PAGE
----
During his first news conference of the legislative session, a hobbled Gov. Mark Dayton put Senate DFLers on blast, saying their delay in passing tax cuts already approved by the House has him feeling "very, very, very disappointed."

RELATED: DFL Rep. Ryan Winkler isn't fan of huge tax cut sailing through House

"I hope Minnesotans will communicate with their legislators -- and these are DFL legislators, I'm sorry to say -- that this is inexcusable, and it's unacceptable," Dayton said yesterday. "It's got to stop. We had a meeting this afternoon for that purpose, it was not productive, so we're going to continue."

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Gov. Mark Dayton, though pessimistic, breathes a little life into medical marijuana bill

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Patrick McClellan, holding a "get-well" card he handed Gov. Mark Dayton
Cops are out.

Gov. Mark Dayton has directed two members of his staff as well as the state public health commissioner to work with medical marijuana supporters in crafting a bill he could possibly sign into law within the next two months.

The news came on Thursday after patients and advocates descended on his mansion in St. Paul with strollers and signs that read, "Love Over Law Enforcement." They called on the governor to stop letting the spokesmen of public safety dictate the conversation and to offer new negotiating partners, now that the bill has been effectively stalled.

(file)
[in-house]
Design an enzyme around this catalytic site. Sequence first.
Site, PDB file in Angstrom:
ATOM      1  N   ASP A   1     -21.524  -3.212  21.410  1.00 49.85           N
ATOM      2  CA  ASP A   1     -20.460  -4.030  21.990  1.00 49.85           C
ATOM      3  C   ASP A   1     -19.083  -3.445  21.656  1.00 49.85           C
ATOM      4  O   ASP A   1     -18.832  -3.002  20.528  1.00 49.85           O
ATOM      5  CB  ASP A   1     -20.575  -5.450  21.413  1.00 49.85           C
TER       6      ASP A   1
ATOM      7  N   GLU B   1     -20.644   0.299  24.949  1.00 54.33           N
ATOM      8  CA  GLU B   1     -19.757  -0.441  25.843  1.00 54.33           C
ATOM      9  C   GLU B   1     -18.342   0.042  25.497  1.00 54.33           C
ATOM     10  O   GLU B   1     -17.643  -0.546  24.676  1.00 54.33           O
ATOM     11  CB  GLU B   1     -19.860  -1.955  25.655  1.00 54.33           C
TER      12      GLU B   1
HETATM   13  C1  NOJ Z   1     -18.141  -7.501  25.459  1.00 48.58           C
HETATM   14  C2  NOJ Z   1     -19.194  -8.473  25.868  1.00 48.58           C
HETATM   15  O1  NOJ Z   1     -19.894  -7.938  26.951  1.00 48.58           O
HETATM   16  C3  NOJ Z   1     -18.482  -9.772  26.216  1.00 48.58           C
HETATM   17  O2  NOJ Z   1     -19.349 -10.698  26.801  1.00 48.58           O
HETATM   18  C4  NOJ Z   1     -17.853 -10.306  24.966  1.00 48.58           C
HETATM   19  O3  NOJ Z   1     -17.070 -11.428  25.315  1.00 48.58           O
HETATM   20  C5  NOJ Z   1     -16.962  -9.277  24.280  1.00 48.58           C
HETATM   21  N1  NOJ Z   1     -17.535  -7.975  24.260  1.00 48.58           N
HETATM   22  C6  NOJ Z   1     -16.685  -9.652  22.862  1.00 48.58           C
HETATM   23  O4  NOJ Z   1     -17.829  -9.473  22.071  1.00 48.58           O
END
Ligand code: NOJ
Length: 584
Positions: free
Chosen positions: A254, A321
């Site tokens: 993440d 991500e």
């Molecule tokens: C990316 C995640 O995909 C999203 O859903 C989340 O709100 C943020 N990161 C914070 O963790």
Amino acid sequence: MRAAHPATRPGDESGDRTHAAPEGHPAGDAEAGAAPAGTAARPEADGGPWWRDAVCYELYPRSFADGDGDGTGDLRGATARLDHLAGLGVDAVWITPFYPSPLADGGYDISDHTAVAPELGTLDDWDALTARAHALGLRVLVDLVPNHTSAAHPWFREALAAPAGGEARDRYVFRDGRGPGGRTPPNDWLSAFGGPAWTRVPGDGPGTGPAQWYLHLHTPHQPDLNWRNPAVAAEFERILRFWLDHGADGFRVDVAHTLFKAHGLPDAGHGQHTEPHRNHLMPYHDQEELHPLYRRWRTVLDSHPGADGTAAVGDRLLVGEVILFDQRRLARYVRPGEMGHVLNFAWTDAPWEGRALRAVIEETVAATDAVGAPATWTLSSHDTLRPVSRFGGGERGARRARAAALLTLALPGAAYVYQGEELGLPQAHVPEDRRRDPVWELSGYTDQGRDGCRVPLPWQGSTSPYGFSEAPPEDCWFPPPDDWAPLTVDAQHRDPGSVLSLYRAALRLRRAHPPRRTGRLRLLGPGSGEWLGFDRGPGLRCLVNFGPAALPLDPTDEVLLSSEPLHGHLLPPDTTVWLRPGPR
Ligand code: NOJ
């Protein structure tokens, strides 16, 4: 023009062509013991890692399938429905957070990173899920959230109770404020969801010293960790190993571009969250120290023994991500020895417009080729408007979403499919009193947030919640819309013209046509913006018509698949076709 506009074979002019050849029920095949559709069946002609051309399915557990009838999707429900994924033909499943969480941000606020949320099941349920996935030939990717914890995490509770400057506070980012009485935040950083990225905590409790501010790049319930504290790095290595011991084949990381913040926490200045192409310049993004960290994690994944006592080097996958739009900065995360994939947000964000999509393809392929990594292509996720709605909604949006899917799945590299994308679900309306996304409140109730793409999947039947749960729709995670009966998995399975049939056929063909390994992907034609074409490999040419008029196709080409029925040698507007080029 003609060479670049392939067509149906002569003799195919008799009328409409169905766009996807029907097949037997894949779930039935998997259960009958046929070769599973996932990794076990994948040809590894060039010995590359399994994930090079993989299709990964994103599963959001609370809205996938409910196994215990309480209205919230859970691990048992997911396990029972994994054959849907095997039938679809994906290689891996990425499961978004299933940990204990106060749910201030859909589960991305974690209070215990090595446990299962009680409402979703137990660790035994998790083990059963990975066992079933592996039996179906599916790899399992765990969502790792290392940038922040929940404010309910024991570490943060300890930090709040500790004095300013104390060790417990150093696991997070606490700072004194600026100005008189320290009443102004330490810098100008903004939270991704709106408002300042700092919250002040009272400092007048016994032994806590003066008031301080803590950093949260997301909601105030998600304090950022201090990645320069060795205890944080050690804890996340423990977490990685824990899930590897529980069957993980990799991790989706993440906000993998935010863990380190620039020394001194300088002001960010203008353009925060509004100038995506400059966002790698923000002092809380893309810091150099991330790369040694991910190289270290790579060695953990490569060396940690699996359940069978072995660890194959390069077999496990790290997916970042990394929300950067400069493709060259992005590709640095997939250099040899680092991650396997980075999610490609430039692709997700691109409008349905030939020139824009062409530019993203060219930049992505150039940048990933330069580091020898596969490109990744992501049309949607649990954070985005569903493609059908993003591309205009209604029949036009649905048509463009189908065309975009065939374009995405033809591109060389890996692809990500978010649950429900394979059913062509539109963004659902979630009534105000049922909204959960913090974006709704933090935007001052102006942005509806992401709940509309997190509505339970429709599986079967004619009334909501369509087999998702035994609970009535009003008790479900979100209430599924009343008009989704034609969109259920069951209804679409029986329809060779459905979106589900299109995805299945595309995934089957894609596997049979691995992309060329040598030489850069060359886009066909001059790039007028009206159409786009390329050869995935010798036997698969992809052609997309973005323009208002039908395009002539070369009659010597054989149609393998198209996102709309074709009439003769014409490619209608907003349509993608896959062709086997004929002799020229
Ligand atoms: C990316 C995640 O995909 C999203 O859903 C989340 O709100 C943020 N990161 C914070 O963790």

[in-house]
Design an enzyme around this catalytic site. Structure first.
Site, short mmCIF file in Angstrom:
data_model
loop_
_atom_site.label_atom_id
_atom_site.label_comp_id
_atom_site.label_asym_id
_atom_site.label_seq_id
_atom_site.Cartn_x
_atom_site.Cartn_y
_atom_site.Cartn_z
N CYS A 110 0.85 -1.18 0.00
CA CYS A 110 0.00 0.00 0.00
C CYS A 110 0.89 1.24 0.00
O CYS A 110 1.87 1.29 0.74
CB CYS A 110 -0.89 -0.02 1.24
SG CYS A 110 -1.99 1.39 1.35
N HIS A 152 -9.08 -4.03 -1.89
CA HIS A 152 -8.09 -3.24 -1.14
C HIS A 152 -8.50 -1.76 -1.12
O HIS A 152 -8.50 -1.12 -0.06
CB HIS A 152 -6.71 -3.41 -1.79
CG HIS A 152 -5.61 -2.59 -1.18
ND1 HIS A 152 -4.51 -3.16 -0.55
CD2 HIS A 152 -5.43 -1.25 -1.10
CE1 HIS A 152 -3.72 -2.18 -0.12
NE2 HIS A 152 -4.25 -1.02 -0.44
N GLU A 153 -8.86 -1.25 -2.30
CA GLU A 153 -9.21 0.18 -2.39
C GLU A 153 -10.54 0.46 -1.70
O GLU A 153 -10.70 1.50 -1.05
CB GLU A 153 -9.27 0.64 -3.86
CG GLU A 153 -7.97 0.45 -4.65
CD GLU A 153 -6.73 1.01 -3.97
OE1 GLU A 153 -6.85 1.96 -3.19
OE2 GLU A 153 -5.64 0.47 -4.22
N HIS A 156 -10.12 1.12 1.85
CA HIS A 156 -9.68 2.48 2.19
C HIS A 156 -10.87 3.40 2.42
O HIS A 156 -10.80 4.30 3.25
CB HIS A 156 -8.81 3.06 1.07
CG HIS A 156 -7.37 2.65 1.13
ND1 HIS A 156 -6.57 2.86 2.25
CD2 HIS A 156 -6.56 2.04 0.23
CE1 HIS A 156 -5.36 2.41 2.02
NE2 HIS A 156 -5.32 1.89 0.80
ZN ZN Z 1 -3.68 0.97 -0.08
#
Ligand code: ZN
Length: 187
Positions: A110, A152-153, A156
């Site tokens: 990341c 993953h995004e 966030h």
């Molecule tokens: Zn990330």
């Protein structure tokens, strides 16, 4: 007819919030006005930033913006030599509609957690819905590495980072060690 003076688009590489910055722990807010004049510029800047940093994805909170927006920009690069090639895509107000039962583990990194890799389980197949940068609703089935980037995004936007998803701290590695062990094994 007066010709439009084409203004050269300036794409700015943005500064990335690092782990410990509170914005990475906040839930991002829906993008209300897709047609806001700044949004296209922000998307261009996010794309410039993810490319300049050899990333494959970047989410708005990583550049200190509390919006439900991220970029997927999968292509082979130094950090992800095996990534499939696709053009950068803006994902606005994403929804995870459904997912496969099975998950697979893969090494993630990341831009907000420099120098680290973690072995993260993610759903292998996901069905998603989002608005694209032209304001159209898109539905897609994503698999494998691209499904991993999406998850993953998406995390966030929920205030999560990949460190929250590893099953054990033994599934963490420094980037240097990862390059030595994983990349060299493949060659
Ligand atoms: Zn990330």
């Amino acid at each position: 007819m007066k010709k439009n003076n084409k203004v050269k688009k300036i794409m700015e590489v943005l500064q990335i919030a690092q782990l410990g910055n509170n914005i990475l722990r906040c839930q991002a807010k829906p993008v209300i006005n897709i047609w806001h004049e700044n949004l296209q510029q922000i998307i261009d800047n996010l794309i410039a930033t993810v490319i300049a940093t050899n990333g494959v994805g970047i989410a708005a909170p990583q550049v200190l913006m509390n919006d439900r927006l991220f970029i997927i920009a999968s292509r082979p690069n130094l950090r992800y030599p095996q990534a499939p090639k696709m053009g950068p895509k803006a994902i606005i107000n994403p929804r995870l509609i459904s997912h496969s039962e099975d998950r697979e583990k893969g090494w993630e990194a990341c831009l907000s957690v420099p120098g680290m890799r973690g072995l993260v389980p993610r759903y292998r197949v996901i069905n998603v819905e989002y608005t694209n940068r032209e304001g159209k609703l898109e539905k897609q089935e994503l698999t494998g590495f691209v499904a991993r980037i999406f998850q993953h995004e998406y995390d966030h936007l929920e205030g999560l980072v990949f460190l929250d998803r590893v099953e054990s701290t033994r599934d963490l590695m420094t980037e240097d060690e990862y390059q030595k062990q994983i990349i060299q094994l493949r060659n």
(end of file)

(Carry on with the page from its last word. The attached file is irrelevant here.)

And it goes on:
SEE ALSO: Rep. Carly Melin pauses medical pot push as law enforcement buzzkills bill

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Rep. Carly Melin says it's up to voters to get medical marijuana bill back on track

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trawin / flickr
In the wake of yesterday's developments, Minnesota's medical marijuana push has gone off the rails.

And with law enforcement officials showing no sign of softening their anti-pot stance -- and Governor Dayton giving no indication he'll reconsider his I'll-only-support-it-if-cops-do position -- the bill's chief House backer, Rep. Carly Melin, D-Hibbing, is urging medical marijuana supporters to exert direct pressure on elected officials.